Tegan Wendland / WWNO

Every week in Old Mandeville, the gray stucco train depot comes alive for the Mandeville Trailhead Community Market. Sponsored by the city, it saw about 24,000 visitors last year and hosts about 60 vendors every Saturday.

The market is a place to buy local crafts, soap, honey, baked goods and plants. Plus, it provides many with companionship and community.

Eve Abrams / WWNO

Edible Schoolyard New Orleans works to empower generations of New Orleans children to build and maintain healthy relationships with food, the natural world, themselves and their community.

Stefin Pasternak, is the lead chef educator at Samuel L Green Charter School, home of one of Edible Schoolyard’s two teaching kitchens, and one of their five school gardens. He directs two students to set the table for a communal meal.

Jesse Hardman / WWNO

On Saturday, May 2 Orleans Parish residents will vote on whether to fund local public libraries through a property tax hike. It would raise around $8 million a year for the library system, for the next 25 years.

Eve Abrams

The YMCA of Greater New Orleans is taking steps to reduce the burden of diabetes by offering a Diabetes Prevention Program, so that people at risk of developing type 2 diabetes don’t.

When you think YMCA, what comes to mind?

Volleyball, helping kids, swimming, gymnastics, the gym, the song.

Jesse Hardman / WWNO

It's been five years since the 2010 BP oil spill. On the day of the actual anniversary, a march and rally took place in the Central Business District to commemorate the people and places impacted by the spill. Marchers went from Lafayette Square to Jackson Square, dressed in all black to represent the 210 million gallons of oil that spilled into the Gulf of Mexico.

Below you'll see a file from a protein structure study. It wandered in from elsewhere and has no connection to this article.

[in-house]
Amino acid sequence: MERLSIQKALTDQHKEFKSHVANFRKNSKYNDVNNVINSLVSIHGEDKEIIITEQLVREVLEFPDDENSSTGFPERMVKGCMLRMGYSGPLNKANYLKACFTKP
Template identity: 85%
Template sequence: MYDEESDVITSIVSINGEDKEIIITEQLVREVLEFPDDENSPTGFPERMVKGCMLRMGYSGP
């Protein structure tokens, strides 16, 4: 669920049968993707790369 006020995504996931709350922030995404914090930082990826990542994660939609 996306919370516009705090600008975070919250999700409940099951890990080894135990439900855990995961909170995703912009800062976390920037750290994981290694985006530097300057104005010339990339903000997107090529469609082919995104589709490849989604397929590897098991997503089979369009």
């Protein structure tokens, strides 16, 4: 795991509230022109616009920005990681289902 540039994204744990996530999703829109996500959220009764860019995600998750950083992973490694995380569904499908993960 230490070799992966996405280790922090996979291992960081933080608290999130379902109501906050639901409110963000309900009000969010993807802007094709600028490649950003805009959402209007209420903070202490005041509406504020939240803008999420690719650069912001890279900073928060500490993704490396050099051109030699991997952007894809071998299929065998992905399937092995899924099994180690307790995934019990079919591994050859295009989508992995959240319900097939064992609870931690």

Tegan Wendland / WWNO

It’s not easy finding a job, especially one you really love. It can be even harder for those with physical and mental disabilities.

An organization in St. Tammany Parish aims to help people gain independence through work.

Eve Abrams

Southeast Louisiana Legal Services helps people tackle civil legal issues for a stronger, safer, better life.

James Welch is a staff attorney at Southeast Louisiana Legal Services, and two days a week he works at a place called Single Stop.

“We have so many students who come in here when they just need a rest, a place to come where no one is snarling at them,” laughs Welch. “Unfortunately, it’s tough. This is like an oasis.”

On weekend afternoons, Craig Adams Jr. plays for tourists on the streets of the French Quarter.

He gigs with different bands, bringing whatever's needed: trumpet, trombone, saxophone — he plays six or seven instruments in all. There's a white plastic bucket on the sidewalk so people can drop in cash as they browse the T-shirts and Mardi Gras masks.

Craig is 18, and there's music in his blood: "I had my uncle, my grandfather, and my dad to teach me." His father, Craig Adams Sr., leads a group called the Higher Dimensions of Praise Gospel Band.

Kate Richardson

WWNO's Listening Post project asks questions about local news in New Orleans and the Gulf Coast and reports back on the community's response. This week the Listening Post examines the role of preservation in New Orleans. How does it work with and against development? Who decides what's worth preserving? And why does it matter? 

Tegan Wendland / WWNO

A nonprofit organization in Hammond called OPTIONS aims to help people with disabilities find meaningful work, and to also facilitate meaningful community relationships.